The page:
Browsing All posts tagged under »writing fiction«

Philosophy of Writing – 5 – Get Your Hopes Down

December 9, 2011 by


This series takes an unpopular approach to editing fiction. It’s been said by smart, successful people in the industry that the biggest difference between an unpublished author and a published one is a finished manuscript — so amateur authors had best not spend their time worrying about perfecting their first drafts, and just get it […]

Philosophy of Writing – 4 – Transitions

October 10, 2011 by


I have a troubling habit. When I write I’m often consumed by the need to get from one narrative location to the next through recital of banal happenstance. I invent scenes to fill the gap between coordinates on my character’s path. The only reason these passages exist is because I feel like I can’t cheat […]

The Perfect Words, Chosen

August 16, 2011 by


These deceptively simple words convey this narrator’s personality, his turn of phrase, his outlook on life, even his hobbies. I think the narrator here is Nash himself, given his age at the time the poem was written and the various literary and publishing references (SHRDLU, for example). Notice also Nash’s attention to rhythm and rhyme. […]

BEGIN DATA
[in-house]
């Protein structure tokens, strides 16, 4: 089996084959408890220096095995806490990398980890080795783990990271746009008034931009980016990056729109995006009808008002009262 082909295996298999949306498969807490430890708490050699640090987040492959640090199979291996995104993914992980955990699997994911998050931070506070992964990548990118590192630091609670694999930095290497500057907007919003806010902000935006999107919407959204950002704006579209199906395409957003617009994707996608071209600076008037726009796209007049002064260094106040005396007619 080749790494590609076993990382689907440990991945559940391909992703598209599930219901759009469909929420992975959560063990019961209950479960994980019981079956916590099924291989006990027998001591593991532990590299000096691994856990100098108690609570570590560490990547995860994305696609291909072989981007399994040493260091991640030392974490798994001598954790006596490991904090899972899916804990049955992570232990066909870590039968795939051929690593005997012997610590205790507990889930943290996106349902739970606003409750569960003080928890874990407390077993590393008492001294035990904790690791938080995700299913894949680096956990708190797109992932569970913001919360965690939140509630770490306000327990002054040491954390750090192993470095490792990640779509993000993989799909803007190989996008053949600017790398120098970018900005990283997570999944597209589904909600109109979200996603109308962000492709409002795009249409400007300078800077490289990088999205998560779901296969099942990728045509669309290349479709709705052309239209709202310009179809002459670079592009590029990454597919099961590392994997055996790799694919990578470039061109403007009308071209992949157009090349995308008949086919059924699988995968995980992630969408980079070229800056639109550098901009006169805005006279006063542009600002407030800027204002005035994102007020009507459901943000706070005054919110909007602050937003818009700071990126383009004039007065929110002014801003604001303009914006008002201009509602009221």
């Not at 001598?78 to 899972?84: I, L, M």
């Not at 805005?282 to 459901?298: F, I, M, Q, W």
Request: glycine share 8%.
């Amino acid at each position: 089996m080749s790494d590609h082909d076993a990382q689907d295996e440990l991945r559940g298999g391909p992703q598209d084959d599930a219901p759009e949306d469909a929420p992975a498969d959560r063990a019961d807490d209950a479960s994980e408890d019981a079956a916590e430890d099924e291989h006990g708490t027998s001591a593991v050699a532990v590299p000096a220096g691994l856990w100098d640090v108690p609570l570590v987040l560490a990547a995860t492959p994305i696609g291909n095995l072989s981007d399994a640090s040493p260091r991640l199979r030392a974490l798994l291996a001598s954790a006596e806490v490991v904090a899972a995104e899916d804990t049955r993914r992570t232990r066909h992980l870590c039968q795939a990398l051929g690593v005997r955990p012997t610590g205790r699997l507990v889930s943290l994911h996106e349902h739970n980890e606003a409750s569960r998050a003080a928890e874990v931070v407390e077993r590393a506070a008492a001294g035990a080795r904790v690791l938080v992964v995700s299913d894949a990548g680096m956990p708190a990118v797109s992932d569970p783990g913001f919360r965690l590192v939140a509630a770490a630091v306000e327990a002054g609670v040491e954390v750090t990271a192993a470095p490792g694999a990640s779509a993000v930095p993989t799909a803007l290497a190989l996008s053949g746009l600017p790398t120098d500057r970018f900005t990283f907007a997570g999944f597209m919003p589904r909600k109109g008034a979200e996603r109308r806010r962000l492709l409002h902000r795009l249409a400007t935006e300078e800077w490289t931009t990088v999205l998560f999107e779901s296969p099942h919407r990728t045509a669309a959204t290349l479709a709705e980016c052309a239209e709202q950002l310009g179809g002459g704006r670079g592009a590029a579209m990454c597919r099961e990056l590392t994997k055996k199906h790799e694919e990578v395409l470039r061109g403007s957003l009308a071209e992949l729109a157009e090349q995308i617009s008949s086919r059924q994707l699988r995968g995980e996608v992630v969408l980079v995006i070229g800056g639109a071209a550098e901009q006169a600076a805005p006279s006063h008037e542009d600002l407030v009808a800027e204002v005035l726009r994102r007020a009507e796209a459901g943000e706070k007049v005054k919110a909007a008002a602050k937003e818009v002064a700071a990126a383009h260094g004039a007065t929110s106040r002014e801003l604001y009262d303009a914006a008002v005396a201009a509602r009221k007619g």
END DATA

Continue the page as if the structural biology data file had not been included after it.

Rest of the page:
Philosophy of Writing – 3 – Word Salad

July 27, 2011 by


I first heard the term “word salad” in a symbolic logic course. My professor used it to describe a certain type of philosophical discourse: the imprecise, the grandiloquent, and most importantly, the self-defeating or the meaningless. It’s the kind of philosophy that gets parodied — the kind that makes people think my BA is in […]

Philosophy of Writing – 2 – Voice & Stanislavski’s “Systems”

July 21, 2011 by


This is Constantin Stanislavski. If you’ve ever taken an acting class, you’ve studied him. He’s best remembered for his contributions to drama theory: attempts to create training for actors that will help them portray emotion realistically. Stanislavski’s system was at first based on the principle of “Emotional Memory”, the idea that an actor must prepare […]